Loading of LPM and determination of Mg2+ fluxes.
Five-milliliter aliquots of liver plasma membrane vesicles (LPM) were resuspended in 25 ml of 250 mM sucrose-25 mM HEPES (pH 7.4 with Tris) in the presence of 20 mM NaCl, and loaded by four passes in a Thomas C Potter with a tight-fitting pestle at 4°C (1). Following sedimentation of the mixture at 34,500 g × 10 min in a Sorvall SS-34 rotor to remove excess of extravesicular cation, Na+-loaded vesicles were resuspended in 5 ml of 250 mM sucrose-25 mM HEPES (pH 7.4 with Tris) and stored in ice until used. Loading efficiency was assessed by treating the vesicles with detergent (Triton X-100) and measuring the amount of Na+ extruded in the extravesicular space or retained into the vesicle pellet by AAS, as reported previously (3).
Mg2+ fluxes were measured by AAS.
An aliquot of Mg2+-loaded LPM was incubated in the medium mentioned above, at 37°C, under continuous stirring, at the final concentration of ∼300 μg protein/ml. After 2 min of equilibration, aliquots of the incubation mixture were withdrawn in duplicate at 2-min intervals, and the vesicles were sedimented in microfuge tubes at 7,000 g × 45 s (3). Total Mg2+ content in the supernatants was measured by AAS. The pellet was digested overnight in 500 μl of 10% HNO3. The following day the denaturated protein was sedimented in microfuge tubes, and the Mg2+ and Na+ content of the acid extract measured by AAS. The first two time points after the equilibration period (t = 0 min) were used to establish a baseline. Following the withdrawal of the second sample, 50 mM Na + or 500 μM Ca2+ was added to the incubation mixture, and the incubation continued for 6 additional min. These Na+ or Ca2+ concentrations were selected because they elicit maximal Mg2+ extrusion from LPM suspensions (3). As Mg2+ content in the supernatant varied considerably among preparations as a result of the loading procedure and carryover, the data are reported as the net variation in extravesicular Mg2+ or intravesicular Na+ content, normalized per milligram of protein, for simplicity. To calculate the net Mg2+ extrusion, the Mg2+ content in the supernatant at the first two time points was calculated, averaged, and subtracted from the values of the subsequent time points of incubation.
Dephosphorylation and rephosphorylation of liver plasma membrane vesicles.
For these experiments, liver plasma membrane vesicles were purified in the presence of 20 units alkaline phosphatase per gram tissue throughout the purification procedure (dephosphorylation procedure), as described in details elsewhere (5). For the in vitro rephosphorylation studies, the alkaline phosphatase-treated vesicles were loaded with 2 mg of catalytic subunit of protein kinase A and 20 mM ATP per 5 mg of vesicle protein at the time of Mg2+ loading as previously described (5). The vesicles were then sedimented at 20,000 rpm for 20 min to remove excess cation and nontrapped protein kinase A catalytic subunit and resuspended in the incubation medium (250 mM sucrose, 25 mM HEPES, pH 7.4 with Tris) described previously at the final concentration of 5 mg protein/ml and stored in ice until used. Mg2+ transport was assessed as described above.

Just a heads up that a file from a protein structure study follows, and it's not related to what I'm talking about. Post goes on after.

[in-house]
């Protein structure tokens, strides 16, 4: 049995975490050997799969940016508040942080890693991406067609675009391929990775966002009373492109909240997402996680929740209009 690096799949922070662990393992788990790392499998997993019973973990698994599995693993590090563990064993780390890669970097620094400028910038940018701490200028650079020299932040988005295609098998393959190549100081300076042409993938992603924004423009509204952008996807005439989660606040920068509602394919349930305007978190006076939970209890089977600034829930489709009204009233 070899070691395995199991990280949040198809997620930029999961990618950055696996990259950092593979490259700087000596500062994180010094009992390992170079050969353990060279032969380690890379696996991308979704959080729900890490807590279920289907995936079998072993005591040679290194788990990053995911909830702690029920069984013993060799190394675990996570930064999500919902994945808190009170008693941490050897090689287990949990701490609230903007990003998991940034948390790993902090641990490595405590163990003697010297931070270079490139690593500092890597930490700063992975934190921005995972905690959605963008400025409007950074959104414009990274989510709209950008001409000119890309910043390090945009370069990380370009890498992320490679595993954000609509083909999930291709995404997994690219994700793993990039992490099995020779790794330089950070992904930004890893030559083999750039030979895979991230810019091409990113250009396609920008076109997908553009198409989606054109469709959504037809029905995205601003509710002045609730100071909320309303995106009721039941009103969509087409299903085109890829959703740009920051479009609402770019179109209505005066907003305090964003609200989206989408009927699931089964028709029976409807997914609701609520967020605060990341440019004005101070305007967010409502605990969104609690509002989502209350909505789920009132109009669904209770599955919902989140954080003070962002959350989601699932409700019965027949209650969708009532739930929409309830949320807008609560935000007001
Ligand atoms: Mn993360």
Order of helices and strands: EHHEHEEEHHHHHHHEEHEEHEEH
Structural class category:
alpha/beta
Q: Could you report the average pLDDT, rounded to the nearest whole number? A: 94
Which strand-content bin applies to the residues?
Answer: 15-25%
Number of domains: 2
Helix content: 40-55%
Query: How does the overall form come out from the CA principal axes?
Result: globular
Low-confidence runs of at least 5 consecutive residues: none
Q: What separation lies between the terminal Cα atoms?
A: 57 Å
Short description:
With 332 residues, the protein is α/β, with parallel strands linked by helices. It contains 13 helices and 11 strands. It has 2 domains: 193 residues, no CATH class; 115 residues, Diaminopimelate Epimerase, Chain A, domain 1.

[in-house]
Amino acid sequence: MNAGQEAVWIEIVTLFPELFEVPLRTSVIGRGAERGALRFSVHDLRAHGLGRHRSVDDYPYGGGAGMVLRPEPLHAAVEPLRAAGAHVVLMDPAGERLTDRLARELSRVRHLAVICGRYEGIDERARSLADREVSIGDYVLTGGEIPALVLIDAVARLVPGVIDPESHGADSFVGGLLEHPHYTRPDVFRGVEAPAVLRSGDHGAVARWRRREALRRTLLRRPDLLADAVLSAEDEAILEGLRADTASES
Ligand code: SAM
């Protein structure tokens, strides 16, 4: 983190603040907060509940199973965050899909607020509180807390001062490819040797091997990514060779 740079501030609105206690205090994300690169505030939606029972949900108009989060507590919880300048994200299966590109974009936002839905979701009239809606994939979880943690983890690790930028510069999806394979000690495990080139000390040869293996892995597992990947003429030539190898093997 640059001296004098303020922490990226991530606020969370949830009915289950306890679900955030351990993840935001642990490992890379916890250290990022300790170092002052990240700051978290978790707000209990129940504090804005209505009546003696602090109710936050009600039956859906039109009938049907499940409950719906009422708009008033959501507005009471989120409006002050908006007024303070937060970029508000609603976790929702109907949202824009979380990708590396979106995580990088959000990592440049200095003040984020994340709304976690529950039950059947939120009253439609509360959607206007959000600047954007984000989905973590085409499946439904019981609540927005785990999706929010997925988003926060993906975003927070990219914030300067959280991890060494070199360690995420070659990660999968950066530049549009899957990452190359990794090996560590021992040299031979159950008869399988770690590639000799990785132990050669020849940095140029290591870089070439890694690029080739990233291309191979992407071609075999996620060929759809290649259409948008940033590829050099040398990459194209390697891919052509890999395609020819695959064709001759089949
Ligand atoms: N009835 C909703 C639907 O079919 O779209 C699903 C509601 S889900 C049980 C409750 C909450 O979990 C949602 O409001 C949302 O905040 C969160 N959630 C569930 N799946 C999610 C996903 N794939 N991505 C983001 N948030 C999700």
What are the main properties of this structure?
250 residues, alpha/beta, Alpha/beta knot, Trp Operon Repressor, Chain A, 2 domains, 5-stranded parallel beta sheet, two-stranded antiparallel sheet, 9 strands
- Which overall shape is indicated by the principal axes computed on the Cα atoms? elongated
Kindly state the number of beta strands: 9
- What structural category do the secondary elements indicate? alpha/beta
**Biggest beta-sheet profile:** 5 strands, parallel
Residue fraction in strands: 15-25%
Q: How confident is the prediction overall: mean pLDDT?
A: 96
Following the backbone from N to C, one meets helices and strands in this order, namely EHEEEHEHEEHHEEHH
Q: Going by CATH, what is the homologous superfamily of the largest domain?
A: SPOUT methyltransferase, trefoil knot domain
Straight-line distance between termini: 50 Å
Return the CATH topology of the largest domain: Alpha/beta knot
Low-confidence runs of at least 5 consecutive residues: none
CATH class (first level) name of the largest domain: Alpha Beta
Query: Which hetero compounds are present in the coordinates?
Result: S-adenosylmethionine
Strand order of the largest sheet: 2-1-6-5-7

HNE-induced modifications of liver proteins.
Aliquots of liver and liver plasma membrane vesicles from EtOH-fed and refed animals were homogenized at 10% wt/vol in 200 mM sucrose, 20 mM HEPES, pH 7.4, in the presence of a cocktail of protease inhibitors (Sigma). One volume of the homogenate was incubated for 2 min at 80°C in Laemmli buffer containing 1% β-mercaptoethanol and 1% protease inhibitor cocktail (Sigma, St. Louis). Liver and plasma membrane proteins (15 μg/lane) were resolved on a 12% SDS-PAGE gel, and electrotransferred onto a nitrocellulose immobilization membrane (Schleicher & Schuell). Western blot analysis was performed incubating the nitrocellulose membrane overnight at 4°C with antibodies recognizing 2:1 amino acids-4-hydroxynonenal (HNE) adducts. These antibodies are highly specific in recognizing only the cross-linked adduct between two amino acids and one HNE molecule and not the hemiacetalic Michael adduct between protein and HNE, as we have used them successfully in other studies (24). The nitrocellulose membranes were extensively washed with PBS, and the primary antibody binding was visualized via peroxidase-conjugated secondary antibody and ECL Western blotting detection reagents (Amersham Biosciences). Primary antibody binding was visualized utilizing peroxidase-conjugated secondary antibody and ECL detection reagents.
Assessment of PEt formation.
Formation of phosphatidylethanol (PEt) was assessed as described in detail by Exton and collaborators (1) in aliquots of liver tissue and collagenase-dispersed hepatocytes. Liver tissue and hepatocytes were extracted with 1.5 ml CHCl3-MeOH (1:2 vol/vol) followed by CHCl3 (0.5 ml) and H2O (0.5 ml). PEt was separated by TLC on silica gel F-254 plates. The plates were developed with ethyl acetate-isooctane-acetic acid (9:5:2), dried and developed by dipping in CuSO4 (5% wt/vol) and phosphoric acid (4% wt/vol), followed by heating at 190°C for 20 min (1). Lipid content was quantitated by densitometry.
Determination of ATP levels and protein content.